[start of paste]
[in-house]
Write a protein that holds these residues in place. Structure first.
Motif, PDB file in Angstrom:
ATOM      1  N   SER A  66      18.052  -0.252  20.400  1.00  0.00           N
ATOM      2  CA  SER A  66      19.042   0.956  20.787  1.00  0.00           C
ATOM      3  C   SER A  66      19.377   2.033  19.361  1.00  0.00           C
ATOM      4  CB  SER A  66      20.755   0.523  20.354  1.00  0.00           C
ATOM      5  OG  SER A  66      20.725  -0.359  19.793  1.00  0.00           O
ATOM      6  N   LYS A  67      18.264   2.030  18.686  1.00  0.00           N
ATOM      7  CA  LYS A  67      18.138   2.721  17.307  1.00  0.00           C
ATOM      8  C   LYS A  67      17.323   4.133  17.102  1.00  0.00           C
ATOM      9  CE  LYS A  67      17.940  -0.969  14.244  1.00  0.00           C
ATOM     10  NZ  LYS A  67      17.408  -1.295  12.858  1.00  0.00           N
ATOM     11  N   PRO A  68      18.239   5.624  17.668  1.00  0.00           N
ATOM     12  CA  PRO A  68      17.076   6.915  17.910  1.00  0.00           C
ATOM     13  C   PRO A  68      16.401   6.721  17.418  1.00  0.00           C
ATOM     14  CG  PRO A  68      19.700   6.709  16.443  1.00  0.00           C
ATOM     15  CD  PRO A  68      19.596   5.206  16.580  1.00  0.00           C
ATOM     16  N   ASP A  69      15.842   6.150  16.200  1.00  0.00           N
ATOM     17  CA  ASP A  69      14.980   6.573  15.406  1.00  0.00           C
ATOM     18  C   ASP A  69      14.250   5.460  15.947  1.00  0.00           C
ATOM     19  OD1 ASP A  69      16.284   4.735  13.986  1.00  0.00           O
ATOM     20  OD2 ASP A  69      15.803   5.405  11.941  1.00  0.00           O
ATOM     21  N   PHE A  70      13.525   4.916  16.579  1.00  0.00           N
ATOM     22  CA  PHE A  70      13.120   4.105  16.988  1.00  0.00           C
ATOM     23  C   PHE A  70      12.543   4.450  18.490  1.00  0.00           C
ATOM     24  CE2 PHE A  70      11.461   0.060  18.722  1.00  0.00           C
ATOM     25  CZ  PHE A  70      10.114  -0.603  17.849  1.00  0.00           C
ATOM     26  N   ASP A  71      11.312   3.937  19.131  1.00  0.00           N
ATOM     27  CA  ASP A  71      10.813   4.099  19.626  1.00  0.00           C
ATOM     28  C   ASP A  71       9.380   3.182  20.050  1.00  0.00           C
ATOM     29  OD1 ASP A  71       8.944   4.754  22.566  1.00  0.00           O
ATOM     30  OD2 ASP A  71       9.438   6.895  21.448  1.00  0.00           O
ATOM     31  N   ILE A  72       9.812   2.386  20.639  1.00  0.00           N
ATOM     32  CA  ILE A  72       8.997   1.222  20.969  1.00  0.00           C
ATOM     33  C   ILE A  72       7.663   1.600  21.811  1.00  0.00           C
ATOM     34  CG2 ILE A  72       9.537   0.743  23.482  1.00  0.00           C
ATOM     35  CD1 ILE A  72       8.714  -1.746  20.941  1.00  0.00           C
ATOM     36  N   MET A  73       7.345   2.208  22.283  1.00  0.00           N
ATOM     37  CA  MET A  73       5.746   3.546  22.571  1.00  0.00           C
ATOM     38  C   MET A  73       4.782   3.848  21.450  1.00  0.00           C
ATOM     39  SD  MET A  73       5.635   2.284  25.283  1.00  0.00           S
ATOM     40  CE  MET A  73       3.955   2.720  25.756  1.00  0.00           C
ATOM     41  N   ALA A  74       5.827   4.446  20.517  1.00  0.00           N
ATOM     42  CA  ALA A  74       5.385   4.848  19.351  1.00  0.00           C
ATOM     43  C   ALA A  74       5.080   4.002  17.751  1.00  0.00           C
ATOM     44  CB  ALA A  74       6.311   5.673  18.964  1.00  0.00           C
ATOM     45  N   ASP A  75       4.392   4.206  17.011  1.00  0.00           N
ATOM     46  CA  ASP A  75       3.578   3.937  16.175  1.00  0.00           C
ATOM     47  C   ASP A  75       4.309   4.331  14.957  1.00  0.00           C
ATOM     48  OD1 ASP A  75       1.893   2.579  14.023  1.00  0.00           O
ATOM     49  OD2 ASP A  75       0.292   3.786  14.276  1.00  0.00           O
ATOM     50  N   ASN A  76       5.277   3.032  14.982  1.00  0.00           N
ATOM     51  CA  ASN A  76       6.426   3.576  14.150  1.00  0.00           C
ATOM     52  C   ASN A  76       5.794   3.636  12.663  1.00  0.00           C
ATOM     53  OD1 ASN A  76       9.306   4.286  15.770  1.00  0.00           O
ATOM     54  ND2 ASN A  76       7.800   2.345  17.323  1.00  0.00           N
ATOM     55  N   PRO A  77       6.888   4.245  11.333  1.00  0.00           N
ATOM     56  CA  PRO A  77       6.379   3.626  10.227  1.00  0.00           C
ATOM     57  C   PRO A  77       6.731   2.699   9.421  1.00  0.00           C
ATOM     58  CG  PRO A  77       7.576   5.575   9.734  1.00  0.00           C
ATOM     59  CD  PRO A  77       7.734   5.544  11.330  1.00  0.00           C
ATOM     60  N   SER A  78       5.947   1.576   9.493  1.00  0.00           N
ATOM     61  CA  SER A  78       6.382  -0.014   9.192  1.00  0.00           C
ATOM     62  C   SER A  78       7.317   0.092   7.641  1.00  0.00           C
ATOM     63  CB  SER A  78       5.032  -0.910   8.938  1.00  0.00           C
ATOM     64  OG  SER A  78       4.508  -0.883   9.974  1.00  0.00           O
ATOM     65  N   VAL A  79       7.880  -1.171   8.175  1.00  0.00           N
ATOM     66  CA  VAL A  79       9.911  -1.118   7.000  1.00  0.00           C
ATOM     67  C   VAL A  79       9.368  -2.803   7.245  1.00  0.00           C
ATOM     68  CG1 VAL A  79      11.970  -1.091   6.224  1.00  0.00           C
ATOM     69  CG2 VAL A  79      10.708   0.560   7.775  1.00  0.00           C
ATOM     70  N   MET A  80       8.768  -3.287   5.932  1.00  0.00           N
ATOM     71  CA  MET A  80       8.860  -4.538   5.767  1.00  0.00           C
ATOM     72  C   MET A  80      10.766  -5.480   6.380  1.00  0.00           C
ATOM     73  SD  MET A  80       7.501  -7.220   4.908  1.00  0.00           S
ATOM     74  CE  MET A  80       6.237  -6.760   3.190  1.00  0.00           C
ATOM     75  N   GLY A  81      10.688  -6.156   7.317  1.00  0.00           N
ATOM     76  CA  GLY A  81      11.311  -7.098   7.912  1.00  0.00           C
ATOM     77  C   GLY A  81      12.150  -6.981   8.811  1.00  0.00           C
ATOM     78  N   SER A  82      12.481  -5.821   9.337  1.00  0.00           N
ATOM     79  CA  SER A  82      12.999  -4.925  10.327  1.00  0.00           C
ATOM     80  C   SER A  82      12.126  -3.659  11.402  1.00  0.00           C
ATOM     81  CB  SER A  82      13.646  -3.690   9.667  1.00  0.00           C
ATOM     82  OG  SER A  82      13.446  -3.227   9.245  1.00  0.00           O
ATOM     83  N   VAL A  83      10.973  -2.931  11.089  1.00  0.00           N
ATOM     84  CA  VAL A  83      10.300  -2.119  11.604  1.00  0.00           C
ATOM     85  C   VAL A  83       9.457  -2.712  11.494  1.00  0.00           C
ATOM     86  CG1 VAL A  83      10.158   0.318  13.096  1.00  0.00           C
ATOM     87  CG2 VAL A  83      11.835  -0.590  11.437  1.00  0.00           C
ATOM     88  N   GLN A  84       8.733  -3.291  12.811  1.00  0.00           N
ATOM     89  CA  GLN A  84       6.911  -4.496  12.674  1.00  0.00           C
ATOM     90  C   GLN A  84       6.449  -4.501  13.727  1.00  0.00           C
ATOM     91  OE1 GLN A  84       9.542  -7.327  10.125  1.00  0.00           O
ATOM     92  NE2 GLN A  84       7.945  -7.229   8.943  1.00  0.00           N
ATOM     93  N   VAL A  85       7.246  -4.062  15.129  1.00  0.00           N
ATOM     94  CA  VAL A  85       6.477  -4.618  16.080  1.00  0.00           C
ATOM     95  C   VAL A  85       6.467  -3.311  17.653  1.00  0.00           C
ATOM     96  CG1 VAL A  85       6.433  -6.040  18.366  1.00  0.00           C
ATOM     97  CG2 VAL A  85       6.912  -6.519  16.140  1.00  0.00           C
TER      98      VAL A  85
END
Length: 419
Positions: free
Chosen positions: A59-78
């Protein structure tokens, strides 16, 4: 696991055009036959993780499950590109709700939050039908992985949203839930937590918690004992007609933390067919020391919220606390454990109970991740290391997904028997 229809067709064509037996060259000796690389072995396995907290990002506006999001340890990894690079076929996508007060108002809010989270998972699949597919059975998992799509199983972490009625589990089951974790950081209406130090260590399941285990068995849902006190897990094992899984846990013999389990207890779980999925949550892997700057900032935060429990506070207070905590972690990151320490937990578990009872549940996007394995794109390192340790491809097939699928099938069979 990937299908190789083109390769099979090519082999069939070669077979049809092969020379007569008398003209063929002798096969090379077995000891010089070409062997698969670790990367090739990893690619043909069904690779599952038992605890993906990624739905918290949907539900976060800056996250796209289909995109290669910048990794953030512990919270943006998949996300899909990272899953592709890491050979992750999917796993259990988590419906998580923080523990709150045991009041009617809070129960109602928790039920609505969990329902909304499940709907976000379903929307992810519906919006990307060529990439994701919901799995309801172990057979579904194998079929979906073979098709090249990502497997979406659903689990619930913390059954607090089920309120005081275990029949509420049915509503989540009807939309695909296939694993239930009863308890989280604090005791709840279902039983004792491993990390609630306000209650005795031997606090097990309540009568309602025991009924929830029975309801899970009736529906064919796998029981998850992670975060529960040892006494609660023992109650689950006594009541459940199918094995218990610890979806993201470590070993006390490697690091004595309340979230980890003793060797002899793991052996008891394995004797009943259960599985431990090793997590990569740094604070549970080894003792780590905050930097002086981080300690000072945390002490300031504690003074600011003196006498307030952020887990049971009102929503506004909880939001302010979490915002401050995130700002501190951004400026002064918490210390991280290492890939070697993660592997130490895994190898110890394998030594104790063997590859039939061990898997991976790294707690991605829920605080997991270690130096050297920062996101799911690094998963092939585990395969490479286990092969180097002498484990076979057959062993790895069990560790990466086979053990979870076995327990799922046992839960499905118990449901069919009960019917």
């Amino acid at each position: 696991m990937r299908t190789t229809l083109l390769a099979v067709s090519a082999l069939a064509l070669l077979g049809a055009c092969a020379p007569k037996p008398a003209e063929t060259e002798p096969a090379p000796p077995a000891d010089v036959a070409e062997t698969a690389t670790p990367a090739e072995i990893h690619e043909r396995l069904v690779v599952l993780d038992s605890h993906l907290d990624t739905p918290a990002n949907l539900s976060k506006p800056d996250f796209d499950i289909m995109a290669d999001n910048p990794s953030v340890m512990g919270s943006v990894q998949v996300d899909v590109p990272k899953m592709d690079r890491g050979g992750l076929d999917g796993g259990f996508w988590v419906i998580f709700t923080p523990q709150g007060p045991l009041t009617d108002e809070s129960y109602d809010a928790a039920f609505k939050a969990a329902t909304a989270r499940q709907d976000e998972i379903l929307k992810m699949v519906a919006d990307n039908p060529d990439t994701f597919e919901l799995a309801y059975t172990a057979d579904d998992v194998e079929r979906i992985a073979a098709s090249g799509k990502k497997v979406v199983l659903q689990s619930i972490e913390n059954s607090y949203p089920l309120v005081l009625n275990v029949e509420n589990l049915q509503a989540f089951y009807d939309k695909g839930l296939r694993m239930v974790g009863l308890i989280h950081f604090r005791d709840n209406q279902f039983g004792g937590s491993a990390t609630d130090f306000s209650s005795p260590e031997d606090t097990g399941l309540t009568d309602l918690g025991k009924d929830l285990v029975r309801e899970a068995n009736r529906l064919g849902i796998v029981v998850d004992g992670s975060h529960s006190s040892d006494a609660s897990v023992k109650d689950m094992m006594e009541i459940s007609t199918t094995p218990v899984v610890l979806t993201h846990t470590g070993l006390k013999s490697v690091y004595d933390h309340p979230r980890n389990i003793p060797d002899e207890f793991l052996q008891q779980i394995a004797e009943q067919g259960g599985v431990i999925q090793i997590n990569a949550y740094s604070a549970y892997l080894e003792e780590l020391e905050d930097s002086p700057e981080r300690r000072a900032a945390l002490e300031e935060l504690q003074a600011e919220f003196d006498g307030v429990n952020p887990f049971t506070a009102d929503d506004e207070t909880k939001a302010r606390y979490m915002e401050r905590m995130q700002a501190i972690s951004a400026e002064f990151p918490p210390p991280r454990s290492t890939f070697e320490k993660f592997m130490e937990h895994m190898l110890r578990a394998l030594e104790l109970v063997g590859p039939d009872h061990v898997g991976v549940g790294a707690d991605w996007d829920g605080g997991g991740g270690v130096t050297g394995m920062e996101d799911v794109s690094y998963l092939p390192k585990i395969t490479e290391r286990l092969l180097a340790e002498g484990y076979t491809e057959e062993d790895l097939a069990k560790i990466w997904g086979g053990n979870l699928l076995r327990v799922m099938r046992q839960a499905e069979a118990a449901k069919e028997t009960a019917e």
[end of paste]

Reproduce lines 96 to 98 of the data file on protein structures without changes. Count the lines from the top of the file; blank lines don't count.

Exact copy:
ATOM     93  N   VAL A  85       7.246  -4.062  15.129  1.00  0.00           N
ATOM     94  CA  VAL A  85       6.477  -4.618  16.080  1.00  0.00           C
ATOM     95  C   VAL A  85       6.467  -3.311  17.653  1.00  0.00           C